March WCAC Meeting Centers Around Pending Legislation, Introduction of New Medical Director

The March meeting of the Workers’ Compensation Advisory Council (WCAC) took place last Thursday at the Department of Insurance in Baton Rouge. Office of Workers’ Compensation Administration (OWCA) Director Sheral Kellar guided the Council and the public through several key pieces of business, including the appointment and introduction of the new Medical Director. Representative Chris Broadwater (pictured) gave presentations on a variety of bills he has filed for the 2016 Legislative Session, currently in its third week, and members voted on whether or not to recommend both his and several other pending instruments to the appropriate Committees.

Read on for details on the discussion and voting on the more controversial instruments. Check out our “Comp in the Capitol” series for running updates on the bills we’re tracking.

New Medical Director

Dr. Jason Picard, an Internist formerly in a private practice based in New Roads, is the new Medical Director for the OWCA and will guide the updates to the Medical Treatment Guidelines as well as rendering decisions on MTG compliance. Director Kellar clarified that Dr. Picard will be the only physician serving in the office, stating that the OWCA decided that another full-time hire was not necessary. Three other doctors are currently under contract to handle medical disputes and will continue to do so in the near term while the backlog of cases is cleared.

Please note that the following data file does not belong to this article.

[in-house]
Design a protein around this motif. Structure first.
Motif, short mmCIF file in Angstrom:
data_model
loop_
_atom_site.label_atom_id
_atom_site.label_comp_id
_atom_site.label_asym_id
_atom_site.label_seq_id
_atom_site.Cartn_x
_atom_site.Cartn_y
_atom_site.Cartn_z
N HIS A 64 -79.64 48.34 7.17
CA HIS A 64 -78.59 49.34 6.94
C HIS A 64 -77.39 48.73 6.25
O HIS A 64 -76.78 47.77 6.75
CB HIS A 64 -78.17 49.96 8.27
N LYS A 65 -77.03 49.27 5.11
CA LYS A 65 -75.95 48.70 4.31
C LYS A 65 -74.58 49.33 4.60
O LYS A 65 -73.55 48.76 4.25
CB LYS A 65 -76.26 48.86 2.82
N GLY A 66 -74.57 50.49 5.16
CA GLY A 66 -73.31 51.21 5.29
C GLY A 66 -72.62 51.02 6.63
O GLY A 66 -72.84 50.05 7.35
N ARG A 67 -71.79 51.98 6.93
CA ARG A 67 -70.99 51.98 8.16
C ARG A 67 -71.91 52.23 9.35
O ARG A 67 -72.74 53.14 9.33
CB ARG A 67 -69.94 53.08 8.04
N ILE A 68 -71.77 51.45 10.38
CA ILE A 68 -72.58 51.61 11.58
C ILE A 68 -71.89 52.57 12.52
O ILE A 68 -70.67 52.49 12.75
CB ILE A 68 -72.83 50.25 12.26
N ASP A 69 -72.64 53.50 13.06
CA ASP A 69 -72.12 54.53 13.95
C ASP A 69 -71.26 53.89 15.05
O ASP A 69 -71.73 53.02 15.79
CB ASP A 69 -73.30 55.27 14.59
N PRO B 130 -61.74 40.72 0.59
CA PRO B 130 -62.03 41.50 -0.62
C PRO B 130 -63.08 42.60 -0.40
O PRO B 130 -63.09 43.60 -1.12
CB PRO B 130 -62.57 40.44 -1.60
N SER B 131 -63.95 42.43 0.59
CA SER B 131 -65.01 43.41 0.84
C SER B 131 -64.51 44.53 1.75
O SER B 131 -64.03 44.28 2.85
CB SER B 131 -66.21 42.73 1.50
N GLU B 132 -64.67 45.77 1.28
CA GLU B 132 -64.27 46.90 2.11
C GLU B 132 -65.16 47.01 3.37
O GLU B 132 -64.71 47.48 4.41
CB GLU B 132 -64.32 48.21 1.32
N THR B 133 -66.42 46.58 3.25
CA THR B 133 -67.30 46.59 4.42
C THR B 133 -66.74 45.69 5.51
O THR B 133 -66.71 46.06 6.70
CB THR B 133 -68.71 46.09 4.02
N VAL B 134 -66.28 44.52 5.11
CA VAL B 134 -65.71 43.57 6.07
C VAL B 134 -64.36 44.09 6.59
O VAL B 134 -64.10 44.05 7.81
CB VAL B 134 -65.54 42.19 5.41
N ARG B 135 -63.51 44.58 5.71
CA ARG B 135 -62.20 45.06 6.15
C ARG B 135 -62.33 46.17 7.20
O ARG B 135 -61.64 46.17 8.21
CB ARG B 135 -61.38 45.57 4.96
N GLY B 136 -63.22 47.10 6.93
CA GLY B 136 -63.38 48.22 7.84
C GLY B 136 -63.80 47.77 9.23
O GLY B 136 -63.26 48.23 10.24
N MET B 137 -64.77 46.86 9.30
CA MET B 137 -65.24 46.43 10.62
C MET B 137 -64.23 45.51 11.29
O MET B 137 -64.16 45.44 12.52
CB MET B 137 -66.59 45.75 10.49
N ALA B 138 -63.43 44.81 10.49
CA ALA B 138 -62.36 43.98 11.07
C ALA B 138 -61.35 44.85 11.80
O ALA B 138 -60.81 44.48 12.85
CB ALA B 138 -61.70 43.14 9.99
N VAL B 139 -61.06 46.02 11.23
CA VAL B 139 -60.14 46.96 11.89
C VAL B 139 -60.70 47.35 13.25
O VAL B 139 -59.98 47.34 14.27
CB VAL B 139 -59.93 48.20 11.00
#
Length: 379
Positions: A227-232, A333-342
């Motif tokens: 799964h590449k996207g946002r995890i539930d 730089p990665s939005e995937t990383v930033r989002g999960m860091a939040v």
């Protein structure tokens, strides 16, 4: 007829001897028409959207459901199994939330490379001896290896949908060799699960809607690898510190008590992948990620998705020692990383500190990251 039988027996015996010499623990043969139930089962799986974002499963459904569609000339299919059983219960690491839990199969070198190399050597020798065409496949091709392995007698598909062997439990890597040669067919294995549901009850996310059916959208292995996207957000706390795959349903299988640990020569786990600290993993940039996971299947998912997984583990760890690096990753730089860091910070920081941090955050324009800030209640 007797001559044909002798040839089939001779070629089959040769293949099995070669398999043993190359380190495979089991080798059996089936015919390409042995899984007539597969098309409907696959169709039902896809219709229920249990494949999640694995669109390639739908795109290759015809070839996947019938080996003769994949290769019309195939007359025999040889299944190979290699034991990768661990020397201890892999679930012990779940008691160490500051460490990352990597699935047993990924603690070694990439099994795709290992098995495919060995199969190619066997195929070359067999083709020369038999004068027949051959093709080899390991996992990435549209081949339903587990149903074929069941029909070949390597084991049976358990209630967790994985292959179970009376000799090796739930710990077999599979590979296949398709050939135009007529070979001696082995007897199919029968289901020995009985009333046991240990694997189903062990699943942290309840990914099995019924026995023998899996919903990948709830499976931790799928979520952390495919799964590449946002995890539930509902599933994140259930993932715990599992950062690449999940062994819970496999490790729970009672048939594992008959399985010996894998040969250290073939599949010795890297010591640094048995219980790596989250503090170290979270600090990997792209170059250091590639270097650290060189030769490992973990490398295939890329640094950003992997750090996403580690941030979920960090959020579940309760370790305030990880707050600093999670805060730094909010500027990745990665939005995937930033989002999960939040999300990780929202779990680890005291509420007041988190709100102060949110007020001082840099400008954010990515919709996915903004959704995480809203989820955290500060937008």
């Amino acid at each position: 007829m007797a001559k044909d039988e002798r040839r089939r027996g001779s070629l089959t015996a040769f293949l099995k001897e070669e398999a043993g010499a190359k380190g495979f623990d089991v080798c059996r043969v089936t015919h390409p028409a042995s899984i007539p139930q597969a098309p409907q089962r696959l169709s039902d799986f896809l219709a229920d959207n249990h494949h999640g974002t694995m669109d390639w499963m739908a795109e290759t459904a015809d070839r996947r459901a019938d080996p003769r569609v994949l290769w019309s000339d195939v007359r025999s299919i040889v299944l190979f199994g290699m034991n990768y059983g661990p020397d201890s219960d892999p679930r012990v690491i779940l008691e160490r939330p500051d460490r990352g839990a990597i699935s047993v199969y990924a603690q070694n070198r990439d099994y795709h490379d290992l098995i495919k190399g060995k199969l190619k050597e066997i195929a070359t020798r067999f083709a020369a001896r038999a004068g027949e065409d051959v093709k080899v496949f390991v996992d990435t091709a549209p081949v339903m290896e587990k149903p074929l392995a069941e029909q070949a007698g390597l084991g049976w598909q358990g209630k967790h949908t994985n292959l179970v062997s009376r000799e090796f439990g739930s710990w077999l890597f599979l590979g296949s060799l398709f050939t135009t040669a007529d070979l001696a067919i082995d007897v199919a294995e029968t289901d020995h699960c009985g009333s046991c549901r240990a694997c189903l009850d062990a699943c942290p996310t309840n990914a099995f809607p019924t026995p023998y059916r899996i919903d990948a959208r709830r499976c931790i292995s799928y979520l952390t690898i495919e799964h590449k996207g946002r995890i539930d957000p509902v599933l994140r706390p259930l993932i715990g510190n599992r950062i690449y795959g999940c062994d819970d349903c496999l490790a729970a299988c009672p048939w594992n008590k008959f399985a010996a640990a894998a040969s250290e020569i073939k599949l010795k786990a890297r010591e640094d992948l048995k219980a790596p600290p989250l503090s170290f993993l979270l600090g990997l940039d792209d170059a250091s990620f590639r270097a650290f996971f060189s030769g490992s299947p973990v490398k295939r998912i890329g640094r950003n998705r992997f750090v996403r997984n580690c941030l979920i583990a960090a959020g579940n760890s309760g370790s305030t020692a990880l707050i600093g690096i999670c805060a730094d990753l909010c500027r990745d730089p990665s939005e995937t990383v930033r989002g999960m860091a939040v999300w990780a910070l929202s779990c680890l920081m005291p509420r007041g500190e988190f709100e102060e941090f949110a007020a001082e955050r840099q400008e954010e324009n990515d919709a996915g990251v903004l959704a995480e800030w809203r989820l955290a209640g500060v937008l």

Dr. Picard told the Council that he is “currently making very good progress” on that backlog, which has manifested in the absence of a full time Medical Director over the last several months. Director Kellar indicated that she expects the review process to be back on track by early Summer.

HB 623 – Physical therapy

House Bill 623, a measure allowing the performance of physical therapy without a referral/prescription, was presented to the Council by Representative H. Bernard Lebas, who highlighted the fact that the bill applies only to workers’ comp in a roundabout way, and that the intent is to expand access to the PT, especially for underserved populations.

However, nearly all Council members were unconvinced, questioning the motivations behind the bill and whether or not workers’ comp payers could be driven to a spending spiral in cases where a claimant never receives a diagnosis from an actual physician.

Dr. Dan Gallagher, an orthopedic surgeon and physician representative on the WCAC, was particularly skeptical of the bill. “It makes no sense to move a case to someone who is less trained than a physician to diagnose someone. And since physical therapists can’t diagnose under the law, then the diagnosis is delayed,” Gallagher explained. “The people who are really pushing this is actually a small group of physical therapists and trial lawyers […] looking to boost settlement values.”  Representative Lebas stated in response to Dr. Gallagher’s criticism that he had not spoken to any attorneys about the legislation.

All Council members with exception of one voted to oppose the bill (two members were absent at the time of the vote).

SB 266 – Workers’ comp adjuster licensing